It’s time that a black person reviewed “The Book of Mormon”

I finally admitted I was totally offended and there wasn’t a damn thing funny.

Photo credit: Julieta Cervantes

About halfway through the nationally acclaimed “The Book of Mormon” musical now playing at Blumenthal Performing Arts Center, I finally admitted I was totally offended and there wasn’t a damn thing funny.

Yes, there were a few great performances—particularly Conner Peirson as Elder Cunningham— some deep theological questions and lots of thought-provoking satire. And I got the ongoing jabs at closeted gay men hiding behind religion and the “F— You, God” refrain in a world where it’s often hard to see God at work. But far too much of “The Book of Mormon’s” laughs came at the expense of black people and some deeply racist portrayals that we don’t have the luxury to laugh at or perpetuate in today’s buck-wild political and social atmosphere.

The musical revolves around two Mormon missionaries serving their obligatory, two-year missionary stint…in Africa. One is Elder Cunningham, a bumbling man-child known for lying. The other is Elder Price (Kevin Clay), a religious stud with a narcissistic complex.

The two are assigned to a Ugandan village rife with AIDS, poverty, child abuse, an African warlord and superstitious despair. Of course, the missionaries have no clue how to connect with this culture, until Elder Cunningham stumbles on “customizing” his religion’s Book of Mormon to soothe the pain of the villagers’ real-world issues.

Photo credit: Julieta Cervantes

And that’s where this musical completely turned me off as the villagers deliver a musical showcase of Elder Cunningham’s exaggerated version of the Mormon holy book.

First, we’ve got a powerfully built black man in a blonde wig with white face leading the group. Other black men are running around with long, black, erect penises (complete with scrotums) strapped to their bodies. And another man testifies about being delivered from his desire to have sex with babies to cure his AIDS by instead having sex with frogs. The end result is all the black cast members come close to performing a latter-day minstrel show for the entertainment of a mostly white audience both on and off stage.

I give credit to Kayla Pecchioni, who played the female lead character of Nabulungi, for being perfectly cast with a lilting voice that grew stronger with each song, as did her ethereal presence with each scene. So it was totally believable that she would be the catalyst for her people’s conversion to Mormonism. What didn’t ring true, however, was the sexual attraction and, I think, seduction of a baptism scene between her and the bumbling Elder Cunningham.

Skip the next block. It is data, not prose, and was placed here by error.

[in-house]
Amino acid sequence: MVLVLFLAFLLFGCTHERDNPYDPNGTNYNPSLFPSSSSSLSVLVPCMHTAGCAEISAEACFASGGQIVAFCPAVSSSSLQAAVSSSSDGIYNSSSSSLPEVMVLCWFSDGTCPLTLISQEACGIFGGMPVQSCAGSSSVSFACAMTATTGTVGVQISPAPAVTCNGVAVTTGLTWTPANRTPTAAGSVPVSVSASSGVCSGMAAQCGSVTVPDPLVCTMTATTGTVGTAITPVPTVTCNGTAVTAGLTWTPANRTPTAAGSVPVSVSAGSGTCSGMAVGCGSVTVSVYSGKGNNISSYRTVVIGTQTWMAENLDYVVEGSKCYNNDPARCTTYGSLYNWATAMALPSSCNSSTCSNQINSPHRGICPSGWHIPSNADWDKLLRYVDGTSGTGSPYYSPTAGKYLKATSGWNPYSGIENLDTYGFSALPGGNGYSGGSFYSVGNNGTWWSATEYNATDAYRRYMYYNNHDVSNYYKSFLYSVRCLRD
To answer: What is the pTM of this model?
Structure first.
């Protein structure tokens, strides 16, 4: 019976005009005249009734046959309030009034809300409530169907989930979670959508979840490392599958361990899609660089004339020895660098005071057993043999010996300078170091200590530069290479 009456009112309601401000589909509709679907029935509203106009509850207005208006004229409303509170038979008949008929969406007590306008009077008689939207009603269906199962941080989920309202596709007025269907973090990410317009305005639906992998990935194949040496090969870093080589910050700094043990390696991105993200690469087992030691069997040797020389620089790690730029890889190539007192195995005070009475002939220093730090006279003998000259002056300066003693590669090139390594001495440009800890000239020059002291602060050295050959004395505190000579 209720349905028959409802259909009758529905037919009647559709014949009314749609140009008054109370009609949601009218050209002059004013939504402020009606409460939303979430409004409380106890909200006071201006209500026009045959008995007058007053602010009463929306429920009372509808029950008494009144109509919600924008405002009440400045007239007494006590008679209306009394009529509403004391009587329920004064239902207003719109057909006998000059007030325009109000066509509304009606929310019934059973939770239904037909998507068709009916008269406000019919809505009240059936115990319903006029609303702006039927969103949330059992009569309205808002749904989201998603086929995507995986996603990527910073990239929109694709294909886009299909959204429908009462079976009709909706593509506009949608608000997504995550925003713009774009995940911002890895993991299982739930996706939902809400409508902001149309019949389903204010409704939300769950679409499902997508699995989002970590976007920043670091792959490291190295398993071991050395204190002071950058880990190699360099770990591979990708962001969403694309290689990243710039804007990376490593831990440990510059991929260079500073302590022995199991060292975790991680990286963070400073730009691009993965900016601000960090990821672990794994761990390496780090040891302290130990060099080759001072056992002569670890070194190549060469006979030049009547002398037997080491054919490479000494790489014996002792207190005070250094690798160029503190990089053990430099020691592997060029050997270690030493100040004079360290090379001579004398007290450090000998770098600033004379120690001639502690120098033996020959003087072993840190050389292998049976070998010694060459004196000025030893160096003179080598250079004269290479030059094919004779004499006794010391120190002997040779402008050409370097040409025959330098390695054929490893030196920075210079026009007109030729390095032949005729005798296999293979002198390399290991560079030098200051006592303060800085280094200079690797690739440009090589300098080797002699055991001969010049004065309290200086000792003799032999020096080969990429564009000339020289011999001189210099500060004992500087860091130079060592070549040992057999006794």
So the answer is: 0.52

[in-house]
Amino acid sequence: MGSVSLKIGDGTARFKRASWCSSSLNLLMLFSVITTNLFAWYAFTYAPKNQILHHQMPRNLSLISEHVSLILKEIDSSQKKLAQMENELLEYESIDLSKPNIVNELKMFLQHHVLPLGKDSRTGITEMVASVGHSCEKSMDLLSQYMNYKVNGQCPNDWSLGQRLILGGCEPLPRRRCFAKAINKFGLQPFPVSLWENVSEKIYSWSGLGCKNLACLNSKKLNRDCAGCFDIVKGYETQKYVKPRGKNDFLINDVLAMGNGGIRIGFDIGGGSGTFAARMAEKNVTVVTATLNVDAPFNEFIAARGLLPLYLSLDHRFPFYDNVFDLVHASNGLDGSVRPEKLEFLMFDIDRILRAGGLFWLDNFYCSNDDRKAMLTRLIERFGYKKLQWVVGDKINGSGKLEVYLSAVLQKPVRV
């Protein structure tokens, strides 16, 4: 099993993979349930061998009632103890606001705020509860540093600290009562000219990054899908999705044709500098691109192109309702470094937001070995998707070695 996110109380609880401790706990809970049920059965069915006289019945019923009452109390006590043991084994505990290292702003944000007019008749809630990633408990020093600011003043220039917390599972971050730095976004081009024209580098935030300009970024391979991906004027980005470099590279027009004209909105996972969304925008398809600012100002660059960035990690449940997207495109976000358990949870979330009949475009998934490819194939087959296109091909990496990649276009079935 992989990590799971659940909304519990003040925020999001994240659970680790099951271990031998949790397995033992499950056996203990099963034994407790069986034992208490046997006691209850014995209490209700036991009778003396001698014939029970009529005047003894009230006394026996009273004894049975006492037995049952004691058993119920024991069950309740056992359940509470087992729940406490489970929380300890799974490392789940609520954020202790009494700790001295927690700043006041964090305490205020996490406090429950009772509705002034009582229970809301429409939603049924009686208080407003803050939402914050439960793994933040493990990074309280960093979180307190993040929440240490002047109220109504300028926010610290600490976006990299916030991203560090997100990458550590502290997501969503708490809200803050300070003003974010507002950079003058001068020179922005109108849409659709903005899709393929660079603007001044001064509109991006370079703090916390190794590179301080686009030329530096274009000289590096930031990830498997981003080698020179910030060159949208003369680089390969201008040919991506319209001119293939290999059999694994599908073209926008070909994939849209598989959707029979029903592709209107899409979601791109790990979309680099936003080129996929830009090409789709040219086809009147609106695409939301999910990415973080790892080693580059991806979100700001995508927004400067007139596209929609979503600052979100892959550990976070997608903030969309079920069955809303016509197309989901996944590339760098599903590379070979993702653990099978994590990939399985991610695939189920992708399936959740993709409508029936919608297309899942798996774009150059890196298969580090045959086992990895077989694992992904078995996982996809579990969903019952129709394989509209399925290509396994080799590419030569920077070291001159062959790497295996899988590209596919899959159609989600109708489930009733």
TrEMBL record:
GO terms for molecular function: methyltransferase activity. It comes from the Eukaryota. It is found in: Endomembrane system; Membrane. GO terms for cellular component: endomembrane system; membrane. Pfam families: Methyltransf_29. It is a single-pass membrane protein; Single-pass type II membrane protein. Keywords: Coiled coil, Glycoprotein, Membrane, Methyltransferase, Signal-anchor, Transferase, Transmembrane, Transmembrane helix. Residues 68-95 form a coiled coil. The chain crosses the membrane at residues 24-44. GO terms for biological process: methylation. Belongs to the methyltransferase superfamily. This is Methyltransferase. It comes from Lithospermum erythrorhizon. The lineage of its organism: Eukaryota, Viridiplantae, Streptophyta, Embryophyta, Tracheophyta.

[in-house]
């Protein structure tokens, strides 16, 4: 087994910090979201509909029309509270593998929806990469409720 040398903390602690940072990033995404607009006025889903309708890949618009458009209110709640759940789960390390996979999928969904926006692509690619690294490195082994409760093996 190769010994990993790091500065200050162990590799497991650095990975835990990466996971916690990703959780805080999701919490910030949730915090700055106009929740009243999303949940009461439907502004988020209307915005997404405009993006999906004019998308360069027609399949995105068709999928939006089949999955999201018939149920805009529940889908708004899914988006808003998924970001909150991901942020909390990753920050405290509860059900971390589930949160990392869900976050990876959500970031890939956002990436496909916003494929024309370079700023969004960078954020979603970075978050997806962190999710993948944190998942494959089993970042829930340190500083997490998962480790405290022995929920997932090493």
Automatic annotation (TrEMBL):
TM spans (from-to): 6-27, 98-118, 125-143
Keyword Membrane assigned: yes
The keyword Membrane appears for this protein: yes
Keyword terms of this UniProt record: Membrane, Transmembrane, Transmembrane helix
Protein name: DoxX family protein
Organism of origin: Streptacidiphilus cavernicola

When it comes to religion, the musical hit its notes. It asked questions most of us have asked at one time or another and actually had some credible responses. For example, a villager summed up their belief in the fantastical stories of The Book of Mormon in one word—metaphors—whether you agreed or not.

Photo credit: Juliete Cervantes

But there’s a big difference between frat-boy humor poking fun at the white-bread stiffness of Utah-bred missionaries and religion in a full-color world versus grinding in deeply held, racist stereotypes that seemed to have some audience members nervously laughing, unsure whether this was okay. (Believe me it wasn’t) The musical simply doesn’t have the same deft touch when it comes to the black issues that make up the core of the story.

Co-creators Trey Parker and Matt Stone (along with Frozen’s Robert Lopez) made their name as creators of the long-running television cartoon “South Park,” where irreverent humor is standard. I get that. And as Colorado natives, Parker and Stone are no doubt familiar with the Mormon community. The proof can be seen in the fact that the Mormon church has taken out a full-page ad in the Blumenthal program, noting that their version of events is “sliiiiightly different” than those seen on stage and offering free copies of the real Book of Mormon. But I haven’t seen, nor do I expect to see, similar accommodations coming from the black community.

I can’t say why my reaction is totally at odds with the years of reviews this show has received, because, even in the pre-Trump years, I can’t imagine reacting any differently. Maybe it’s because I’ve come across few reviews written by black people. But I know for sure that at a time when there is no doubt about the racism that has festered in this country for centuries, it’s time for a rewrite of “The Book of Mormons”—at least the musical version.

If you want to catch a performance, this show runs through July 29 at Belk Theater at Blumenthal Performing Arts Center. Limited seating may still be available.

Patsy Pressley is a former newspaper journalist and current advocate for childhood education.

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